An African boy making art with small stones is a real thing. If you saw a Picasso and you didn’t know it was a Picasso perhaps you wouldn’t know it was special at all, then someone says, ‘It’s a Picasso!’ and you go, ‘Wow, it’s amazing!’ Who’s going to say that it is not good once they know? But does that make it real?
What is your definition of beauty?
Beauty is very, very vast, because real beauty has nothing to do with fake beauty – fake beauty is like seduction and I’m not interested in seduction. If I meet a man and I am coquettish, it’s fake. I don’t like that. I am not interested in that kind of beauty. I want to make the man and I feel something even if we don’t want to feel it – we don’t invite this; we don’t create that fake situation to go to bed or whatever, it just happens. It’s the same with beauty – it is something accidental, something that surprises you. It can even be an animal. For example, four days ago I lost my dog of twelve years old. This is beauty too!Death has some beauty to it. Even in death I have seen beauty.
Do you think Pedro Almodovar shares your vision of beauty?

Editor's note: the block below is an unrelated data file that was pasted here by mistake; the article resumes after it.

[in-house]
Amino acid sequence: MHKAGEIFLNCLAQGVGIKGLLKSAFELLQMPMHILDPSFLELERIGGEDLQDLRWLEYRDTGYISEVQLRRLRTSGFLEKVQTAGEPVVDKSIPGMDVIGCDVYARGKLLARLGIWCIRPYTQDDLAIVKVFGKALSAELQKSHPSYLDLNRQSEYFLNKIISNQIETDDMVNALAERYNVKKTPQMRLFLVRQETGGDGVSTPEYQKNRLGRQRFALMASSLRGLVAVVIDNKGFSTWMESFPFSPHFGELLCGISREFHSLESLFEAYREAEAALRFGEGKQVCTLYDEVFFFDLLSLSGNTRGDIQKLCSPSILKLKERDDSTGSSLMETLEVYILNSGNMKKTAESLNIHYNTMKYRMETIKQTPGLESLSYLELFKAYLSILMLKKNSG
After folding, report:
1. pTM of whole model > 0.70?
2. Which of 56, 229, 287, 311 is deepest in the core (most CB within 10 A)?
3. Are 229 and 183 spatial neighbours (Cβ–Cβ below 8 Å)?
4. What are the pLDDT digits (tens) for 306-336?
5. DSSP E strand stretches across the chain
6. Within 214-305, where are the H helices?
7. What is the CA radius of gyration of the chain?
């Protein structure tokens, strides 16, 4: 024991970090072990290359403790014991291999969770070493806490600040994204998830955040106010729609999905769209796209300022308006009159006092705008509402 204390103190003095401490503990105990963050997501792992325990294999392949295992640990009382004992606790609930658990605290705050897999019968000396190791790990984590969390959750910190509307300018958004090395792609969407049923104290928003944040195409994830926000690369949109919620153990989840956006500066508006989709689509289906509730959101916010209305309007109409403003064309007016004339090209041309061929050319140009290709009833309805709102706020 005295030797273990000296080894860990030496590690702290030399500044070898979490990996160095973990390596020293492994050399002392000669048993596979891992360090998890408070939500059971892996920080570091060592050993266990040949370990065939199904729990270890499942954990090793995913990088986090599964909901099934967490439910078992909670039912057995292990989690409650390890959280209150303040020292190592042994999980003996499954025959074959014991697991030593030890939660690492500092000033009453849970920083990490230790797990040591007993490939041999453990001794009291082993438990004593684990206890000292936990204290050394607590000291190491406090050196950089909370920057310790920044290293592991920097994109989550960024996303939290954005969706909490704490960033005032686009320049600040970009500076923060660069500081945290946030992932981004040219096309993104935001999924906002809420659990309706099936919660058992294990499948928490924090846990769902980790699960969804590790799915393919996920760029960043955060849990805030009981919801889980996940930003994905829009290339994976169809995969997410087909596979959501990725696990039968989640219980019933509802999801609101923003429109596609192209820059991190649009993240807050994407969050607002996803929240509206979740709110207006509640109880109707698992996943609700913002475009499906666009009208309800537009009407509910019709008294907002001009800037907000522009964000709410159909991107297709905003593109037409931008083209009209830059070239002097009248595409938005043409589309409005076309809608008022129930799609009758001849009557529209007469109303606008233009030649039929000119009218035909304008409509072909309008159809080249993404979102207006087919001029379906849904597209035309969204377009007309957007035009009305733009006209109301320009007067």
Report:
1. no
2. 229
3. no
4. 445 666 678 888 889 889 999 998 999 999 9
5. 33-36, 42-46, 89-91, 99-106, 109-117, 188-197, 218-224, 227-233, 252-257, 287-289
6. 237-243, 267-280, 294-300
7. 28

Pedro’s films are beautiful because in Pedro’s films people always create positive outcomes from the things they have around them. They are never complaining: ‘I don’t have this, I don’t have that.’ It happens even in the moral drama – you can be my mother even though you are not my mother – people arrange what can happen for the best possible outcome. The thing that is true about Pedro’s films is that you can create happiness if you really want it. So many people sabotage their happiness, always making excuses and punishing themselves, like they didn’t really deserve happiness. In the films of Pedro’s, if you want happiness, you get it. It’s amazing. I can’t explain in general, but in particular for me, for example, I want to still believe in men, but I learnt to live without them. Sometimes I say, ‘Well, perhaps one day I will find a man…’ I have been single for a long time now, though, but at the same time, I have no anxiety about that. I have dedicated a lot of energy to men, a lot. (Laughs) Now I say, all the energy, all the love, all the beauty? I’ve got to give it all to me, I’ve got to be my own man and all that I gave to them, I give to me. Like Almodovar, I make the best.